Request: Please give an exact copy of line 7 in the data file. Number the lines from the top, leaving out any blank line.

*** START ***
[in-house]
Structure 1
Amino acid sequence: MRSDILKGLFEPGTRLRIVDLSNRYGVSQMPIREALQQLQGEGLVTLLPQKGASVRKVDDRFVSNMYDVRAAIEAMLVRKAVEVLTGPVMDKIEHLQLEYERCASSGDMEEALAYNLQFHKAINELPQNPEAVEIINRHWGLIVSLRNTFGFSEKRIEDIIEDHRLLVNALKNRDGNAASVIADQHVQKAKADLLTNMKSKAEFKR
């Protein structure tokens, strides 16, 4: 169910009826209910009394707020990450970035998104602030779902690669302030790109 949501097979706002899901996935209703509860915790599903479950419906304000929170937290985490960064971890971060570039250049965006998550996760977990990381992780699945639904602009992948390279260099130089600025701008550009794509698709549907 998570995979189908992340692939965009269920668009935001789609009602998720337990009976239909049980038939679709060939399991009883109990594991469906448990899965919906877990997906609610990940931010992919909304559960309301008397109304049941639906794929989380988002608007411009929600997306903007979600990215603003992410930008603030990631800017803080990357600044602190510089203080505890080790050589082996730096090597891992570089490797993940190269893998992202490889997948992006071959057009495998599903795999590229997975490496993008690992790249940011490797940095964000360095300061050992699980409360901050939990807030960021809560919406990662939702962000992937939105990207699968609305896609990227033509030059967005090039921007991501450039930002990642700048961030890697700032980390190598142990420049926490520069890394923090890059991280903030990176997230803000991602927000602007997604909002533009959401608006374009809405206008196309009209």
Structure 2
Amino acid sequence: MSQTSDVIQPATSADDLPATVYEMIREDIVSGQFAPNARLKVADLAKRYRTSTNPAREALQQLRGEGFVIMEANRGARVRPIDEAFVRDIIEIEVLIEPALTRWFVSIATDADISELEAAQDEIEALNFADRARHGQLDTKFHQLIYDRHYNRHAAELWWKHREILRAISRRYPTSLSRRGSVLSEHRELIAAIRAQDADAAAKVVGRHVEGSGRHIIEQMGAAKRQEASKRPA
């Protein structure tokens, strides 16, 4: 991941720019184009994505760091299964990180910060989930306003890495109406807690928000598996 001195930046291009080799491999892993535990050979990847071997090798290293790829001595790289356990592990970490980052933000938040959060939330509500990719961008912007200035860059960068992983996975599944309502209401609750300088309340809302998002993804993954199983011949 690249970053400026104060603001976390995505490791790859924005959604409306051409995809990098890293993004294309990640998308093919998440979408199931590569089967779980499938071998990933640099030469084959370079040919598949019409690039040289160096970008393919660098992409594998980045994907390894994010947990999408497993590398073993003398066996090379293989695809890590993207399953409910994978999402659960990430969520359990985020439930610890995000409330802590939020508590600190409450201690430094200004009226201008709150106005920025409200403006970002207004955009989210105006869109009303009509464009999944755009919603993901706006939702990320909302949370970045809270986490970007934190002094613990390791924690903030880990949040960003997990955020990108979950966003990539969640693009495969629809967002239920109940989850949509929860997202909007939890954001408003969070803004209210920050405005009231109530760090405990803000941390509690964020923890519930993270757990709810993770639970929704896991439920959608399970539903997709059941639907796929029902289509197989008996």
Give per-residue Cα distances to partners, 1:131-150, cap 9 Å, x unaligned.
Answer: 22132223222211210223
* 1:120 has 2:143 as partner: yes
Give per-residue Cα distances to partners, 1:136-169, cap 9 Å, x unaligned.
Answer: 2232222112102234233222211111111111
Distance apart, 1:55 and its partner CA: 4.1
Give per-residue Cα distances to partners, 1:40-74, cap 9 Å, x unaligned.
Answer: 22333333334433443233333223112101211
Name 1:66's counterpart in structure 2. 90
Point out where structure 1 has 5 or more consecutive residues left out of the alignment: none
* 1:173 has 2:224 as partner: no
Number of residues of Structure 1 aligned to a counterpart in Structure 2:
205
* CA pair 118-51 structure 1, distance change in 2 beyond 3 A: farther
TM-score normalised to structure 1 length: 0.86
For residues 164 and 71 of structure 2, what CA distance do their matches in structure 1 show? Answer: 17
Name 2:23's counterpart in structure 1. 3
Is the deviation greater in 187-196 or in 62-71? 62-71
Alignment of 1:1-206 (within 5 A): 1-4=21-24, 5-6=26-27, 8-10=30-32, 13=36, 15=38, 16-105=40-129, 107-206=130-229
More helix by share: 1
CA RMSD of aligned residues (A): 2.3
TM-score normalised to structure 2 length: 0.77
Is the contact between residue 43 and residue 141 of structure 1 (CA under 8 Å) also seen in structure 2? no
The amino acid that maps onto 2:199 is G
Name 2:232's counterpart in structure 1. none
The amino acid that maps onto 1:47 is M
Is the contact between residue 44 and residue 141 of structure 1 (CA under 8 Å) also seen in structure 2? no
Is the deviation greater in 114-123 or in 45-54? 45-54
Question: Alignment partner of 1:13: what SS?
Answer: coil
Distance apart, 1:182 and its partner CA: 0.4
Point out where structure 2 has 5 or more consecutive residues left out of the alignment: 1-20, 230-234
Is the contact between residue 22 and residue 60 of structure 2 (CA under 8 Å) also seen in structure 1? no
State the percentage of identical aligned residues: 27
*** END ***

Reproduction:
């Protein structure tokens, strides 16, 4: 991941720019184009994505760091299964990180910060989930306003890495109406807690928000598996 001195930046291009080799491999892993535990050979990847071997090798290293790829001595790289356990592990970490980052933000938040959060939330509500990719961008912007200035860059960068992983996975599944309502209401609750300088309340809302998002993804993954199983011949 690249970053400026104060603001976390995505490791790859924005959604409306051409995809990098890293993004294309990640998308093919998440979408199931590569089967779980499938071998990933640099030469084959370079040919598949019409690039040289160096970008393919660098992409594998980045994907390894994010947990999408497993590398073993003398066996090379293989695809890590993207399953409910994978999402659960990430969520359990985020439930610890995000409330802590939020508590600190409450201690430094200004009226201008709150106005920025409200403006970002207004955009989210105006869109009303009509464009999944755009919603993901706006939702990320909302949370970045809270986490970007934190002094613990390791924690903030880990949040960003997990955020990108979950966003990539969640693009495969629809967002239920109940989850949509929860997202909007939890954001408003969070803004209210920050405005009231109530760090405990803000941390509690964020923890519930993270757990709810993770639970929704896991439920959608399970539903997709059941639907796929029902289509197989008996």